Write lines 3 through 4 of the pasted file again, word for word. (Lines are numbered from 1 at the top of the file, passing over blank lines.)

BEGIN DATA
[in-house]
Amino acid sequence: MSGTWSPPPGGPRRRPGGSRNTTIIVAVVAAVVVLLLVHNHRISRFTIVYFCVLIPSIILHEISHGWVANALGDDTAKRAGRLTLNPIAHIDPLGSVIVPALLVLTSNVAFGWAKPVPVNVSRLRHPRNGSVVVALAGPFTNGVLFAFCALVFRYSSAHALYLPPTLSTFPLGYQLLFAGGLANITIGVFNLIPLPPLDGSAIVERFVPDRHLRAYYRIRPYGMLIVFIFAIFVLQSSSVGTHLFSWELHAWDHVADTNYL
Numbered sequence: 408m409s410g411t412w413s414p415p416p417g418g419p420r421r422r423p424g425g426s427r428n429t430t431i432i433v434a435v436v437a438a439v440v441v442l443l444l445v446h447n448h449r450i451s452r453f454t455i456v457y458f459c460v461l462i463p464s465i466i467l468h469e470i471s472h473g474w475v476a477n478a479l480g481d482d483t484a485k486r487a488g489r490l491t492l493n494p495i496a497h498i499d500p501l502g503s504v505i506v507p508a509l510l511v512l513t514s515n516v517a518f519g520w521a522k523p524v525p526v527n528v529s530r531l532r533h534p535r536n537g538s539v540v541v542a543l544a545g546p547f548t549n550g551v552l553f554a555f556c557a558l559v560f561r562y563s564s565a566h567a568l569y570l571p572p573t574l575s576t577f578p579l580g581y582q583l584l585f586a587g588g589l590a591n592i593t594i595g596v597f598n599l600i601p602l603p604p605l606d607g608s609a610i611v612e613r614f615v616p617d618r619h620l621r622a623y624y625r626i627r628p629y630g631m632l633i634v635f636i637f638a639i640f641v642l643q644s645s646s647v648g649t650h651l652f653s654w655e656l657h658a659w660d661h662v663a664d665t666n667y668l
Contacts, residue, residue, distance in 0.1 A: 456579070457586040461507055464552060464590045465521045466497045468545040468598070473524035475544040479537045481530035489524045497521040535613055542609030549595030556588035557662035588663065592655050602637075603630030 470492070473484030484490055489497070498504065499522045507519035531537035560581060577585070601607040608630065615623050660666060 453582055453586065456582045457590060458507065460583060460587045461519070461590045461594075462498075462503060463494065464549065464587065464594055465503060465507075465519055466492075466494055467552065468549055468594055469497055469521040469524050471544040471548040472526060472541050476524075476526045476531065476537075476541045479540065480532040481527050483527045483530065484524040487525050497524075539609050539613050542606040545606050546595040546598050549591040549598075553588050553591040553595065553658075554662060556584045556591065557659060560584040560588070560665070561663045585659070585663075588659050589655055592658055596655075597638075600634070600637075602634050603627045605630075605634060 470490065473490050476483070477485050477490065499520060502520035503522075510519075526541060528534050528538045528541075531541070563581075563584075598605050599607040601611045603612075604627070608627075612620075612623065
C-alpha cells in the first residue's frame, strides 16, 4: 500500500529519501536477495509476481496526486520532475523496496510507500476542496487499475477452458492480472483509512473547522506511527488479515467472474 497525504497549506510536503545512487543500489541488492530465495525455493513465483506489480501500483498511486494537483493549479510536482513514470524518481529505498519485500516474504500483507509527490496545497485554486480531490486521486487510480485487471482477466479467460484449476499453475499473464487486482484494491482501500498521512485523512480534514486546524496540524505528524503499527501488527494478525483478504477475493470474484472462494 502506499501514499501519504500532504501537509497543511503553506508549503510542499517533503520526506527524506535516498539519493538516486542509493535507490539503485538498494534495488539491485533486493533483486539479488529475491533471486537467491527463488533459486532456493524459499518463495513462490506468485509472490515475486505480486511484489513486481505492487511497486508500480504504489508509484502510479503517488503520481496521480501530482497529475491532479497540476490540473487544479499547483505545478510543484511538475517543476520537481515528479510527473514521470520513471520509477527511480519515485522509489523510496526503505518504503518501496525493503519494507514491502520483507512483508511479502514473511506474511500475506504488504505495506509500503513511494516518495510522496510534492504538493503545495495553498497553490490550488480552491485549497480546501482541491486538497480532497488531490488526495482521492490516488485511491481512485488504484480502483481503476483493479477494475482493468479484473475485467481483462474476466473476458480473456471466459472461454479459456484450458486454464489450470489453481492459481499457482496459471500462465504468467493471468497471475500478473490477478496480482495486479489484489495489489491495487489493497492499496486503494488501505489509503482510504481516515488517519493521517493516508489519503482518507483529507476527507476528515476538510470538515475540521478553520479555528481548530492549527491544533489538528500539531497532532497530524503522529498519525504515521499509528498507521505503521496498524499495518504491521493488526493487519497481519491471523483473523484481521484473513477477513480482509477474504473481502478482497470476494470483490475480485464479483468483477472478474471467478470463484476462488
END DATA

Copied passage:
Numbered sequence: 408m409s410g411t412w413s414p415p416p417g418g419p420r421r422r423p424g425g426s427r428n429t430t431i432i433v434a435v436v437a438a439v440v441v442l443l444l445v446h447n448h449r450i451s452r453f454t455i456v457y458f459c460v461l462i463p464s465i466i467l468h469e470i471s472h473g474w475v476a477n478a479l480g481d482d483t484a485k486r487a488g489r490l491t492l493n494p495i496a497h498i499d500p501l502g503s504v505i506v507p508a509l510l511v512l513t514s515n516v517a518f519g520w521a522k523p524v525p526v527n528v529s530r531l532r533h534p535r536n537g538s539v540v541v542a543l544a545g546p547f548t549n550g551v552l553f554a555f556c557a558l559v560f561r562y563s564s565a566h567a568l569y570l571p572p573t574l575s576t577f578p579l580g581y582q583l584l585f586a587g588g589l590a591n592i593t594i595g596v597f598n599l600i601p602l603p604p605l606d607g608s609a610i611v612e613r614f615v616p617d618r619h620l621r622a623y624y625r626i627r628p629y630g631m632l633i634v635f636i637f638a639i640f641v642l643q644s645s646s647v648g649t650h651l652f653s654w655e656l657h658a659w660d661h662v663a664d665t666n667y668l
Contacts, residue, residue, distance in 0.1 A: 456579070457586040461507055464552060464590045465521045466497045468545040468598070473524035475544040479537045481530035489524045497521040535613055542609030549595030556588035557662035588663065592655050602637075603630030 470492070473484030484490055489497070498504065499522045507519035531537035560581060577585070601607040608630065615623050660666060 453582055453586065456582045457590060458507065460583060460587045461519070461590045461594075462498075462503060463494065464549065464587065464594055465503060465507075465519055466492075466494055467552065468549055468594055469497055469521040469524050471544040471548040472526060472541050476524075476526045476531065476537075476541045479540065480532040481527050483527045483530065484524040487525050497524075539609050539613050542606040545606050546595040546598050549591040549598075553588050553591040553595065553658075554662060556584045556591065557659060560584040560588070560665070561663045585659070585663075588659050589655055592658055596655075597638075600634070600637075602634050603627045605630075605634060 470490065473490050476483070477485050477490065499520060502520035503522075510519075526541060528534050528538045528541075531541070563581075563584075598605050599607040601611045603612075604627070608627075612620075612623065